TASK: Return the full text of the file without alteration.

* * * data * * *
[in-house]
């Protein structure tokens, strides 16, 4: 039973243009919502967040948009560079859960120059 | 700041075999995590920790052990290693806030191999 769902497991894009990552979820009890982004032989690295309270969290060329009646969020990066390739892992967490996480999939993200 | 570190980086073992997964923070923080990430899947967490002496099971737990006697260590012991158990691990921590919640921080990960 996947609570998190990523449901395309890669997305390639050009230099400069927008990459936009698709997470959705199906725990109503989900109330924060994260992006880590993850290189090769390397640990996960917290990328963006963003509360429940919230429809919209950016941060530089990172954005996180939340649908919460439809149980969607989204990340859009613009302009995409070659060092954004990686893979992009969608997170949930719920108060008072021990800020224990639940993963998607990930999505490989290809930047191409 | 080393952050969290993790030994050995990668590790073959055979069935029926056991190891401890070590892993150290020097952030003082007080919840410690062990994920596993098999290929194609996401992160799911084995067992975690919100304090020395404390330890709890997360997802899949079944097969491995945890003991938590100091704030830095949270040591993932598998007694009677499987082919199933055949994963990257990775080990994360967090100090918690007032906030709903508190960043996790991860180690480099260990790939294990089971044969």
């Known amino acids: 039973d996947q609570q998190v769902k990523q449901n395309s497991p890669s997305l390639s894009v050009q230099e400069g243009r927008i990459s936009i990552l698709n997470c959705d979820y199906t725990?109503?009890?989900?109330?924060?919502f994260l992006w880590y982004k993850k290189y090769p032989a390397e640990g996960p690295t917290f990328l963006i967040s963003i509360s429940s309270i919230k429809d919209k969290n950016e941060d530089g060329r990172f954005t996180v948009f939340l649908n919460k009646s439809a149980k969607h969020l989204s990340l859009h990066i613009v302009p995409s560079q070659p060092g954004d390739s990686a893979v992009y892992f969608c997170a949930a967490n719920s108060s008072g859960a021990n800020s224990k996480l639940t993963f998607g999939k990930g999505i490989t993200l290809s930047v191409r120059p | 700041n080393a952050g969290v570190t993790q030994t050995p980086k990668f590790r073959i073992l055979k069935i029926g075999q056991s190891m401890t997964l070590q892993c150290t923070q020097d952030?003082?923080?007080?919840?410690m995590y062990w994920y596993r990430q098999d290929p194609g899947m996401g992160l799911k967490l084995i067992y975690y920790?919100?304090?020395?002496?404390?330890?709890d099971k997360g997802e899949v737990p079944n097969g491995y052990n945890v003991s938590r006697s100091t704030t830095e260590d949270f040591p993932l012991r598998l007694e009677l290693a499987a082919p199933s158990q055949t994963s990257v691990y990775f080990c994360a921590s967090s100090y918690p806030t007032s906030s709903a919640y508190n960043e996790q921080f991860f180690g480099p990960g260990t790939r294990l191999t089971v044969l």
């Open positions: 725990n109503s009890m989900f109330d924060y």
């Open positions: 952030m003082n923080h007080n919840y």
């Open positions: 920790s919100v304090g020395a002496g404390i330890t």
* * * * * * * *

[in-house]
């Protein structure tokens, strides 16, 4: 039973243009919502967040948009560079859960120059 | 700041075999995590920790052990290693806030191999 769902497991894009990552979820009890982004032989690295309270969290060329009646969020990066390739892992967490996480999939993200 | 570190980086073992997964923070923080990430899947967490002496099971737990006697260590012991158990691990921590919640921080990960 996947609570998190990523449901395309890669997305390639050009230099400069927008990459936009698709997470959705199906725990109503989900109330924060994260992006880590993850290189090769390397640990996960917290990328963006963003509360429940919230429809919209950016941060530089990172954005996180939340649908919460439809149980969607989204990340859009613009302009995409070659060092954004990686893979992009969608997170949930719920108060008072021990800020224990639940993963998607990930999505490989290809930047191409 | 080393952050969290993790030994050995990668590790073959055979069935029926056991190891401890070590892993150290020097952030003082007080919840410690062990994920596993098999290929194609996401992160799911084995067992975690919100304090020395404390330890709890997360997802899949079944097969491995945890003991938590100091704030830095949270040591993932598998007694009677499987082919199933055949994963990257990775080990994360967090100090918690007032906030709903508190960043996790991860180690480099260990790939294990089971044969």
């Known amino acids: 039973d996947q609570q998190v769902k990523q449901n395309s497991p890669s997305l390639s894009v050009q230099e400069g243009r927008i990459s936009i990552l698709n997470c959705d979820y199906t725990?109503?009890?989900?109330?924060?919502f994260l992006w880590y982004k993850k290189y090769p032989a390397e640990g996960p690295t917290f990328l963006i967040s963003i509360s429940s309270i919230k429809d919209k969290n950016e941060d530089g060329r990172f954005t996180v948009f939340l649908n919460k009646s439809a149980k969607h969020l989204s990340l859009h990066i613009v302009p995409s560079q070659p060092g954004d390739s990686a893979v992009y892992f969608c997170a949930a967490n719920s108060s008072g859960a021990n800020s224990k996480l639940t993963f998607g999939k990930g999505i490989t993200l290809s930047v191409r120059p | 700041n080393a952050g969290v570190t993790q030994t050995p980086k990668f590790r073959i073992l055979k069935i029926g075999q056991s190891m401890t997964l070590q892993c150290t923070q020097d952030?003082?923080?007080?919840?410690m995590y062990w994920y596993r990430q098999d290929p194609g899947m996401g992160l799911k967490l084995i067992y975690y920790?919100?304090?020395?002496?404390?330890?709890d099971k997360g997802e899949v737990p079944n097969g491995y052990n945890v003991s938590r006697s100091t704030t830095e260590d949270f040591p993932l012991r598998l007694e009677l290693a499987a082919p199933s158990q055949t994963s990257v691990y990775f080990c994360a921590s967090s100090y918690p806030t007032s906030s709903a919640y508190n960043e996790q921080f991860f180690g480099p990960g260990t790939r294990l191999t089971v044969l």
């Open positions: 725990n109503s009890m989900f109330d924060y």
């Open positions: 952030m003082n923080h007080n919840y």
């Open positions: 920790s919100v304090g020395a002496g404390i330890t």